National coronavirus update, March 24: Parliament suspends emergency session

Coronavirus news from around Canada, updated at 10 a.m.

These are the latest updates provided by Canadian Press as of 10 a.m., Tuesday, March 24.

Emergency session of parliament suspended

The emergency sitting of the House of Commons has been suspended after only a few minutes.

A small group of 32 MPs were to begin debate on emergency legislation to provide billions in financial aid to help Canadians weather the COVID-19 crisis.

However, the sitting had no sooner begun than government House leader Pablo Rodriguez asked that it be suspended.

It appears that the government is continuing to negotiate details of the legislation with opposition parties after the Conservatives balked at a provision that would have given the government sweeping powers to unilaterally spend, borrow and change taxation levels without the approval of Parliament.

Prime minister ‘committed’ to democracy

Prime Minister Justin Trudeau says Canadians have his “unwavering commitment” to uphold the country’s democratic principles.

The comment follows Opposition anger over draft legislation that promised $82 billion in emergency aid for those struggling the COVID-19 pandemic, but also gave the federal cabinet extraordinary powers to control taxes and spending.

Trudeau says the pandemic is moving extremely quickly, which is why the government was looking at measures to respond just as fast.

However, he also says Canada has a “Parliament that works” and the government is working with opposition parties to draft the appropriate legislation to ensure Canadians are safe and supported.

Nova Scotia: 51 cases

Nova Scotia is reporting a total 51 confirmed cases of COVID-19 today, with 10 new ones identified yesterday.

The cases are travel-related or connected to earlier reported cases.

Several of the new cases are connected to groups or families who have returned to Nova Scotia following travel outside of Canada. None of these cases are from spread within the community.

The 51 individuals affected range in age from under 10 to mid-70s.

National parks restricted

Parks Canada is restricting vehicles in the national parks and national historic sites after people flocked to the popular areas on the weekend.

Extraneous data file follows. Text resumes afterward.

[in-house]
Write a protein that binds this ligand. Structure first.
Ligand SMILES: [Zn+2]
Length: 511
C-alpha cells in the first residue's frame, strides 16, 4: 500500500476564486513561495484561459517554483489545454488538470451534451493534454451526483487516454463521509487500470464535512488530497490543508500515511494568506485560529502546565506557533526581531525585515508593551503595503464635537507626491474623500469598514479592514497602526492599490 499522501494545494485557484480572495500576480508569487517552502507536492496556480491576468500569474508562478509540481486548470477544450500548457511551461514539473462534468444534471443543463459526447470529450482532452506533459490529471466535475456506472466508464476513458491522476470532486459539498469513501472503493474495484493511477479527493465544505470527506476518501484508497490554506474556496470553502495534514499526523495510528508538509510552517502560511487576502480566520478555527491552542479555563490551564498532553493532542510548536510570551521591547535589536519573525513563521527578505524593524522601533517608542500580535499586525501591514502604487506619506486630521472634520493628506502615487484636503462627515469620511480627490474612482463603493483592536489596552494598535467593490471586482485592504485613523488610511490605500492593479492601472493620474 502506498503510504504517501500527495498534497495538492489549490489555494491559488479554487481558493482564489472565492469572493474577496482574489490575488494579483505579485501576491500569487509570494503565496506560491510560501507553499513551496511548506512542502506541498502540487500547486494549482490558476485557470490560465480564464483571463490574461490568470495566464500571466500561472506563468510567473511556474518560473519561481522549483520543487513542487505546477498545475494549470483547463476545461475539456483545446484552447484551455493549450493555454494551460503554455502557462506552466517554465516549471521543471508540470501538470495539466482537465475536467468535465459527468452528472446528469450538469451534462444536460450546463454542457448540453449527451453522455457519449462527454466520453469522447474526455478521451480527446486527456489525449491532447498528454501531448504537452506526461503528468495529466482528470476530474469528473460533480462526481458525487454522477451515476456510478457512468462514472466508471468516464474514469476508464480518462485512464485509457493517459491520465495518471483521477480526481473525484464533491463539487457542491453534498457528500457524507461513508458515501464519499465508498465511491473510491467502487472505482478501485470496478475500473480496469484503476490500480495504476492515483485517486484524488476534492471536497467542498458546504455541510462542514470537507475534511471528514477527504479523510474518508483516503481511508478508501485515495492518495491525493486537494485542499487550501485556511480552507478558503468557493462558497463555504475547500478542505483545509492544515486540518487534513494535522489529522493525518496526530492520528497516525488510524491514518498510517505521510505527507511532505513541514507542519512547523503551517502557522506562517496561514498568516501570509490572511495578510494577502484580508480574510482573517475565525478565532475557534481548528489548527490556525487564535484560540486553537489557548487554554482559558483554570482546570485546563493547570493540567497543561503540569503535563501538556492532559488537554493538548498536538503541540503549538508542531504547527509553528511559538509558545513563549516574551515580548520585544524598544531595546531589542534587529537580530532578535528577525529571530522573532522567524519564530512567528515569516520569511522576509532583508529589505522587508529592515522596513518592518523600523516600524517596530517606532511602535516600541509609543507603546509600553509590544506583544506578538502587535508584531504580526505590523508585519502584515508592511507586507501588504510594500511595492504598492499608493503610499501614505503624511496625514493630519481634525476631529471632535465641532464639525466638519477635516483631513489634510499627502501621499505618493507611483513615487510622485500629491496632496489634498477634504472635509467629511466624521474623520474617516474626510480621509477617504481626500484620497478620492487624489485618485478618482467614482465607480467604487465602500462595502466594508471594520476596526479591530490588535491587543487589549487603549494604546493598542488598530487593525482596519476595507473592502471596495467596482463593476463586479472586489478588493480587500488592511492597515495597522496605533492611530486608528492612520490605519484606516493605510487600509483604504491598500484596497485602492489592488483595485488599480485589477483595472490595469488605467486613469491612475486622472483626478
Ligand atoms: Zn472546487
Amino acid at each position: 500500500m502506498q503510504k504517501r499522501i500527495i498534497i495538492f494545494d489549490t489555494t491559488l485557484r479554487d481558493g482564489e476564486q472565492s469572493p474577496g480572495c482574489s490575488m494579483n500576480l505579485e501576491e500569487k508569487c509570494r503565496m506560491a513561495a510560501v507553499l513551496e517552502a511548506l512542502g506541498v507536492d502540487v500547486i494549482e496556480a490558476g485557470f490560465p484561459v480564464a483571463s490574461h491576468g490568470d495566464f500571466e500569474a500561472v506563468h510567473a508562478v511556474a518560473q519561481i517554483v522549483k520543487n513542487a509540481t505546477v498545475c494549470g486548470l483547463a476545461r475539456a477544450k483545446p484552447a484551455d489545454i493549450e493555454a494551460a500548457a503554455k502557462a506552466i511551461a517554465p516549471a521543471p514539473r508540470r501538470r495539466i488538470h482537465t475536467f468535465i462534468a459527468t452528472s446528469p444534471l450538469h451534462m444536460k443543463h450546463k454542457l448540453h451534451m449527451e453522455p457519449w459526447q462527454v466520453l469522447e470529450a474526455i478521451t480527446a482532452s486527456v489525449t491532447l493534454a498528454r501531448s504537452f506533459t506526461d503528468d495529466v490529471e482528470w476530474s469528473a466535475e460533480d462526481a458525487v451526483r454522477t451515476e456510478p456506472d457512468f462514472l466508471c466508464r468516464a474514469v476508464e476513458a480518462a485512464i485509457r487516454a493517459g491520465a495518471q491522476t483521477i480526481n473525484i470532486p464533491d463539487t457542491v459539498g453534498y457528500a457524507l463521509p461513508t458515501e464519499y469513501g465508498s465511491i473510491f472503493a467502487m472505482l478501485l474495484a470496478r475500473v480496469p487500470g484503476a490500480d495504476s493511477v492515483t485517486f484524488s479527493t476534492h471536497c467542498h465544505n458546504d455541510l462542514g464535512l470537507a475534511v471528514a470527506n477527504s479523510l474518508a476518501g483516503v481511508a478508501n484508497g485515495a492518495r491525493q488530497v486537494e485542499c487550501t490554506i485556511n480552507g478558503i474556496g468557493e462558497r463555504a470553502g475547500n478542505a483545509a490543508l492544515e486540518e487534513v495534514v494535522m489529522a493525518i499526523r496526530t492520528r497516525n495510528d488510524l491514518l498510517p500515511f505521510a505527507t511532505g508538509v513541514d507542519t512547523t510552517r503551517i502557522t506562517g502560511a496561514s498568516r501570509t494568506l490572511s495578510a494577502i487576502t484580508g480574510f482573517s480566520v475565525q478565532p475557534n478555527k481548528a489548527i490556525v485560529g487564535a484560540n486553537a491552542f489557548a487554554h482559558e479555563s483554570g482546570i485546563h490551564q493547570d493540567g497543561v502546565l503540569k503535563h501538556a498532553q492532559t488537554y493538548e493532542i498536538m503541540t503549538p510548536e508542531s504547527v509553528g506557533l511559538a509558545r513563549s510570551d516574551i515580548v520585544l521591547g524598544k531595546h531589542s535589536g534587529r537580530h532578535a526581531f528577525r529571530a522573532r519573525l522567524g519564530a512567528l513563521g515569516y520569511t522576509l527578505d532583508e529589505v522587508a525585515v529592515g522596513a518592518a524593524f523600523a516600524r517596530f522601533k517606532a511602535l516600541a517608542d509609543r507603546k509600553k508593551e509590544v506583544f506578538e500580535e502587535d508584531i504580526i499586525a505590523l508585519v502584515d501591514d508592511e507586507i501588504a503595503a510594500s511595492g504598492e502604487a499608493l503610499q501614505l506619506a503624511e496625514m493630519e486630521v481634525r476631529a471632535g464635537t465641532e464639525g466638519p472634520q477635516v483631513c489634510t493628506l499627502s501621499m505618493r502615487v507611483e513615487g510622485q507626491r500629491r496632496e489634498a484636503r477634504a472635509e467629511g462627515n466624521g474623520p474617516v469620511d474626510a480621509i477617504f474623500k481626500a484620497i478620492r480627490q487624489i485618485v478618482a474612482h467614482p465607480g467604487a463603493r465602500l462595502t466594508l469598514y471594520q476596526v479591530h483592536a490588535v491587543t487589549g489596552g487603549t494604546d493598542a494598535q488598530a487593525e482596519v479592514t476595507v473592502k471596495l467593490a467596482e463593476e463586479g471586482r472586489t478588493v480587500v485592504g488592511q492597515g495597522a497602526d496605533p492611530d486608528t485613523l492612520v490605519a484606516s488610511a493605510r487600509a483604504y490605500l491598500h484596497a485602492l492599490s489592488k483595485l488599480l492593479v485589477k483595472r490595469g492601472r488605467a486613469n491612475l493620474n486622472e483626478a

The national agency says it is still noticing high visitation despite the suspension of visitor services and the closure of facilities.

Officials will now suspend all motor vehicle access by visitors starting at 12:01 a.m. tomorrow.

Highways and roadways that go through the parks and historic sites will remain open.

600 Air Canada pilots to go on unpaid leave

The union representing Air Canada’s pilots says up to 600 of its members will go on unpaid leave in the coming months due to the COVID-19 pandemic.

Capt. Michael McKay, head of the Air Canada Pilots Association, says the union has agreed to a plan for a maximum of 600 pilots on furlough.

The 4,400 pilots have also agreed to reduced pay across the board and “simplified contract language” to allow pilots to retire earlier.

McKay says a “precipitous drop in passenger demand and the challenging operating environment” have prompted the changes.

He is joining other unions in calling on Ottawa for financial relief for the aviation industry.

Ontario: 85 new cases

Ontario is reporting 85 new COVID-19 cases today, bringing the provincial total to 588.

The large increase includes one more death, meaning seven people have now died in the province.

Complete information is not listed for most of the new cases, but the latest death is a man in his 90s from Durham Region.

Bombardier temporarily shuts down production

Bombardier Inc. is temporarily halting production in Canada and suspending its 2020 financial forecast due to the COVID-19 pandemic.

The company says it is stopping all non-essential work in the country, including aircraft and rail production in Quebec and Ontario.

It says employees impacted by the shutdown will be placed on furlough, with workers as well as executives forgoing pay.

Board members have also agreed to forgo compensation for the remainder of the year.

Health coalitions urged Ottawa to maintain universal health care

Health coalitions in several provinces from the Maritimes to British Columbia are urging the federal government not to allow the COVID-19 crisis to be used to dismantle universal, public health care.

In a joint statement, groups including the Canadian Health Coalition and Friends of Medicare say all levels of government must work together to reclaim and increase the capacity of the public health-care system.